Here's what steps the ASA can and does take - firstly, work with the advertiser to try and resolve the matter. If that doesn't work they can add the advertiser to the non-compliant list. This seems to show up prominently in Google search results (or perhaps it's just on mine). If there's still no joy then they can do several of the following (a) take out an advert themselves flagging up the misbehaviour (b) work with search engines to remove paid-for adverts (c) report the company to Trading Standards.

See more at Online Sanctions.

All of these take time and effort - at the time of writing Google still hasn't removed UK Passport Net's listing but it may well do so soon. If the company removes 'official' from their ad then it can remain.

In the meantime, blogging about stuff in the hope that it might show up in Google's search results is perhaps a decent strategy.

Also, here's the official GOV.UK site to access passport information

See also 
These websites discuss concerning behaviour from a cancer clinic in Texas which has recently had its inspection reports published, it really doesn't look very good. So far there appear to have been no legal sanctions but through the blogging efforts of doctors, scientists and skeptics anyone searching for information about the clinic now will most definitely find pages that are critical of the clinic's activities.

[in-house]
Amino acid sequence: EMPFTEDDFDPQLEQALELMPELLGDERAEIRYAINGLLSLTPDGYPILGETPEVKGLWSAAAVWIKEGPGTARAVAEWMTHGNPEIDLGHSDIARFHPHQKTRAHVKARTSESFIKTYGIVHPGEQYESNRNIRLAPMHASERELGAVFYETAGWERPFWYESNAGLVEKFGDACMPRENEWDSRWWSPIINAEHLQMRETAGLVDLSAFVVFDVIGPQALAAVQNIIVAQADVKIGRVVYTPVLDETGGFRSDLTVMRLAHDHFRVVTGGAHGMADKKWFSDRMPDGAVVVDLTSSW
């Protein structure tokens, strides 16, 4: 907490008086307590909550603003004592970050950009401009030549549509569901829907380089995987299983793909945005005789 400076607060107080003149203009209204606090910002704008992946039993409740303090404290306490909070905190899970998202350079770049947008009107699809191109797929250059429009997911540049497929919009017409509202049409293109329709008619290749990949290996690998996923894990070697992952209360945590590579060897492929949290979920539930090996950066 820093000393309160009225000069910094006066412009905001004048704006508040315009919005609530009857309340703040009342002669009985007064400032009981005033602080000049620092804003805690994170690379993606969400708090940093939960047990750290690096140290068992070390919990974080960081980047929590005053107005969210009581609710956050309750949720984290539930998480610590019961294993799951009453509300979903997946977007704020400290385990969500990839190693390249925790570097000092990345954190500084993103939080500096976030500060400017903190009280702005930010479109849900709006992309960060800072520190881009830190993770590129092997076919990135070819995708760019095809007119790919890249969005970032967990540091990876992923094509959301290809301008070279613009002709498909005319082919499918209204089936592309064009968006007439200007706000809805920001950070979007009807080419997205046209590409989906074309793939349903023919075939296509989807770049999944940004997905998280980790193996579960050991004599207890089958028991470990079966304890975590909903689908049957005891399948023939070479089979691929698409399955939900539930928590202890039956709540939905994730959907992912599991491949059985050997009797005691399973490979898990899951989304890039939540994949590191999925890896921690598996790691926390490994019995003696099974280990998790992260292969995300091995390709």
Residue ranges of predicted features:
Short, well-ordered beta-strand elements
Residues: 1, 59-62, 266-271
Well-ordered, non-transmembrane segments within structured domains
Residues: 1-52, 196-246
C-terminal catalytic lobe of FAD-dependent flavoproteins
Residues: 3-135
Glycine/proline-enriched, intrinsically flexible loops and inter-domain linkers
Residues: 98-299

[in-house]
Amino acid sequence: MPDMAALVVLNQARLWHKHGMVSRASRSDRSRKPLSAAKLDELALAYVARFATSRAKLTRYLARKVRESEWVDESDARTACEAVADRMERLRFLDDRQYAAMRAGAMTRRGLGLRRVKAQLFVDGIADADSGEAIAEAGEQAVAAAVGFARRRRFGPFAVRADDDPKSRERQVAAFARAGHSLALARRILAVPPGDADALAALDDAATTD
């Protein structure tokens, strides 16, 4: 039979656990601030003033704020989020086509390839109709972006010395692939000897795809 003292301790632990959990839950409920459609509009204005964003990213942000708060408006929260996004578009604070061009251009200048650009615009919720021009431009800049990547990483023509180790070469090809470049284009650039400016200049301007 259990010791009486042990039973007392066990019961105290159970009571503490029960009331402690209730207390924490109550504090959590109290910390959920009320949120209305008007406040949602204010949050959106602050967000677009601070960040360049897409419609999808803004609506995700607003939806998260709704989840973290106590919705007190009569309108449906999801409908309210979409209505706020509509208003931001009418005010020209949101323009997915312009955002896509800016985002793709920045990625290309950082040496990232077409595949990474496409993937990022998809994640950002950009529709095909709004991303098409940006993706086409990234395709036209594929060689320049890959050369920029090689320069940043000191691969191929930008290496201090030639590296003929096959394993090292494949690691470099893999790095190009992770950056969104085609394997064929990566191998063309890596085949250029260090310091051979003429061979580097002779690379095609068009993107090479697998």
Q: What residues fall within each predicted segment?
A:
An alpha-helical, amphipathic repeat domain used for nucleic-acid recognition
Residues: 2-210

FDA Releases Burzynski Clinic Inspection Notes
"The information and its implications, should they hold up, are absolutely damning for the Burzynski Clinic and especially for the lead researcher, Stanislaw Burzynski. Those of us who have been researching this topic have known about these findings for a long time, from almost the moment it could be requested through a Freedom of Information Act request (6 months before it appeared on the FDA website), but we have been careful to not release it through blogs. We wanted to see that it got as high profile a release as possible. Of course, the cat is out of the bag in a big way, and so I want to let you know what these documents say."

Writing About Houston Cancer Quack Dr. Burzynski’s Antineoplastons
"Skeptics can do many things to naturally boost the Google ranking of good information so that it arrives in the hands of people who need it, patients and their families."

1 comment:

  1. Elizabeth J Neal agrees that "The site helps people fill in a passport form and charges them around £40 for doing so, however this money doesn't go towards the cost of getting a passport" in her comment which I sadly couldn't publish as it was because it contained a link to an odd-looking website that might have been spam.


Comment policy: I enthusiastically welcome corrections and I entertain polite disagreement ;) Because of the nature of this blog it attracts a LOT - 5 a day at the moment - of spam comments (I write about spam practices,misleading marketing and unevidenced quackery) and so I'm more likely to post a pasted version of your comment, removing any hyperlinks.

Comments written in ALL CAPS LOCK will be deleted and I won't publish any pro-homeopathy comments, that ship has sailed I'm afraid (it's nonsense).